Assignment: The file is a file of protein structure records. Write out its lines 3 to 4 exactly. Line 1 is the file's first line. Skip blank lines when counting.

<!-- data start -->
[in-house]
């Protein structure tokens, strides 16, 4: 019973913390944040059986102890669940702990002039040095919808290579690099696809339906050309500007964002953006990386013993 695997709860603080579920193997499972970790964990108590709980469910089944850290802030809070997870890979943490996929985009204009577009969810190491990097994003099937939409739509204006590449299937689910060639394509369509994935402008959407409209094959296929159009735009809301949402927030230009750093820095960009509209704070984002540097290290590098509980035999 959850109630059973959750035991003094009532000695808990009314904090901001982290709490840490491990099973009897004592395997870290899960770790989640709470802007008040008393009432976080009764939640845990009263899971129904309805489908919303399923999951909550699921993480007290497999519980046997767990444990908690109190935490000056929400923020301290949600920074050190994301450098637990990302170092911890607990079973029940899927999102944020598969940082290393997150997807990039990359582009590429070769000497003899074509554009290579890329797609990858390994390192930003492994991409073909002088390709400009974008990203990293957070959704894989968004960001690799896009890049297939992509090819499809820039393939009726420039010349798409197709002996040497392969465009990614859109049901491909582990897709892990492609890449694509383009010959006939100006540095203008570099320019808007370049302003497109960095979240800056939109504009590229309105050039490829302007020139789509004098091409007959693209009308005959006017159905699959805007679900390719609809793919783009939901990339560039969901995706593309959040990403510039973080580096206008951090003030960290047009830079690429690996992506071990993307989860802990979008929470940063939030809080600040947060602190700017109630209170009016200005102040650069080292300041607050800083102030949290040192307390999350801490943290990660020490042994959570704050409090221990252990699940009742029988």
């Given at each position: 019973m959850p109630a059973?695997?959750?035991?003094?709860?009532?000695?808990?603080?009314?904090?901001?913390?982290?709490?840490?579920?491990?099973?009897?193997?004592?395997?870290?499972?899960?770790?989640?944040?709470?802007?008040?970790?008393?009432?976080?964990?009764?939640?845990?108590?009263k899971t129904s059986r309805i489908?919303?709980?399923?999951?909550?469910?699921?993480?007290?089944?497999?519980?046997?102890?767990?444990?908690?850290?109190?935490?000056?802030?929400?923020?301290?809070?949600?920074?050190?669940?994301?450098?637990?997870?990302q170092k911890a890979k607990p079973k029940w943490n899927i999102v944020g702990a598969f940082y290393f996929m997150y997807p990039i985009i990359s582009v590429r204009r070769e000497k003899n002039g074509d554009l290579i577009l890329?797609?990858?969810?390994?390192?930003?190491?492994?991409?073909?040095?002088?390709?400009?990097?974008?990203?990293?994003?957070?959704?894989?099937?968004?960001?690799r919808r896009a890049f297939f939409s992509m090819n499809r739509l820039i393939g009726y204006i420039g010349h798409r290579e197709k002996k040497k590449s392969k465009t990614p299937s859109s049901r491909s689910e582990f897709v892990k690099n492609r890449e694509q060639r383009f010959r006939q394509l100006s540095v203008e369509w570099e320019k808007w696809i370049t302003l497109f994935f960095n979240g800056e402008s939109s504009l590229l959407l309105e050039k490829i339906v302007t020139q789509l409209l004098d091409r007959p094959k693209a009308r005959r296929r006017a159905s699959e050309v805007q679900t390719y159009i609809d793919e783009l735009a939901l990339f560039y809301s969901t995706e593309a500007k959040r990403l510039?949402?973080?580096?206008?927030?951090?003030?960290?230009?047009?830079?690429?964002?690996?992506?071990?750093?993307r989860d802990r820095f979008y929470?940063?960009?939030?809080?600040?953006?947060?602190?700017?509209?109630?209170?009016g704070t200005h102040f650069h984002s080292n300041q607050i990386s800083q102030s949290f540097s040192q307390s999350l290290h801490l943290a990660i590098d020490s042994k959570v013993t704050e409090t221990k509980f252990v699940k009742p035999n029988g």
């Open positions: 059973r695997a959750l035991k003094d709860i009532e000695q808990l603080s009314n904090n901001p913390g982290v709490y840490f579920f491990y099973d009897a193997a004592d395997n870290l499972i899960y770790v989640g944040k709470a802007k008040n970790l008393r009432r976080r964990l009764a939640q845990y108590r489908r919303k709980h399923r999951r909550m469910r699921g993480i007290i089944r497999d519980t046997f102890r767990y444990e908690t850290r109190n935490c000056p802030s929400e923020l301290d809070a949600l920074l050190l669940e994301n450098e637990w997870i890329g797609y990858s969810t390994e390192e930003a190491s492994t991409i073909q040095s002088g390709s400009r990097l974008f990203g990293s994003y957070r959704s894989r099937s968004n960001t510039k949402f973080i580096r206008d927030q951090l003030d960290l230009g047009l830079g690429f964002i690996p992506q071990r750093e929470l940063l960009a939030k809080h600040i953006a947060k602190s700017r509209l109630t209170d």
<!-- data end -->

């Given at each position: 019973m959850p109630a059973?695997?959750?035991?003094?709860?009532?000695?808990?603080?009314?904090?901001?913390?982290?709490?840490?579920?491990?099973?009897?193997?004592?395997?870290?499972?899960?770790?989640?944040?709470?802007?008040?970790?008393?009432?976080?964990?009764?939640?845990?108590?009263k899971t129904s059986r309805i489908?919303?709980?399923?999951?909550?469910?699921?993480?007290?089944?497999?519980?046997?102890?767990?444990?908690?850290?109190?935490?000056?802030?929400?923020?301290?809070?949600?920074?050190?669940?994301?450098?637990?997870?990302q170092k911890a890979k607990p079973k029940w943490n899927i999102v944020g702990a598969f940082y290393f996929m997150y997807p990039i985009i990359s582009v590429r204009r070769e000497k003899n002039g074509d554009l290579i577009l890329?797609?990858?969810?390994?390192?930003?190491?492994?991409?073909?040095?002088?390709?400009?990097?974008?990203?990293?994003?957070?959704?894989?099937?968004?960001?690799r919808r896009a890049f297939f939409s992509m090819n499809r739509l820039i393939g009726y204006i420039g010349h798409r290579e197709k002996k040497k590449s392969k465009t990614p299937s859109s049901r491909s689910e582990f897709v892990k690099n492609r890449e694509q060639r383009f010959r006939q394509l100006s540095v203008e369509w570099e320019k808007w696809i370049t302003l497109f994935f960095n979240g800056e402008s939109s504009l590229l959407l309105e050039k490829i339906v302007t020139q789509l409209l004098d091409r007959p094959k693209a009308r005959r296929r006017a159905s699959e050309v805007q679900t390719y159009i609809d793919e783009l735009a939901l990339f560039y809301s969901t995706e593309a500007k959040r990403l510039?949402?973080?580096?206008?927030?951090?003030?960290?230009?047009?830079?690429?964002?690996?992506?071990?750093?993307r989860d802990r820095f979008y929470?940063?960009?939030?809080?600040?953006?947060?602190?700017?509209?109630?209170?009016g704070t200005h102040f650069h984002s080292n300041q607050i990386s800083q102030s949290f540097s040192q307390s999350l290290h801490l943290a990660i590098d020490s042994k959570v013993t704050e409090t221990k509980f252990v699940k009742p035999n029988g």
């Open positions: 059973r695997a959750l035991k003094d709860i009532e000695q808990l603080s009314n904090n901001p913390g982290v709490y840490f579920f491990y099973d009897a193997a004592d395997n870290l499972i899960y770790v989640g944040k709470a802007k008040n970790l008393r009432r976080r964990l009764a939640q845990y108590r489908r919303k709980h399923r999951r909550m469910r699921g993480i007290i089944r497999d519980t046997f102890r767990y444990e908690t850290r109190n935490c000056p802030s929400e923020l301290d809070a949600l920074l050190l669940e994301n450098e637990w997870i890329g797609y990858s969810t390994e390192e930003a190491s492994t991409i073909q040095s002088g390709s400009r990097l974008f990203g990293s994003y957070r959704s894989r099937s968004n960001t510039k949402f973080i580096r206008d927030q951090l003030d960290l230009g047009l830079g690429f964002i690996p992506q071990r750093e929470l940063l960009a939030k809080h600040i953006a947060k602190s700017r509209l109630t209170d």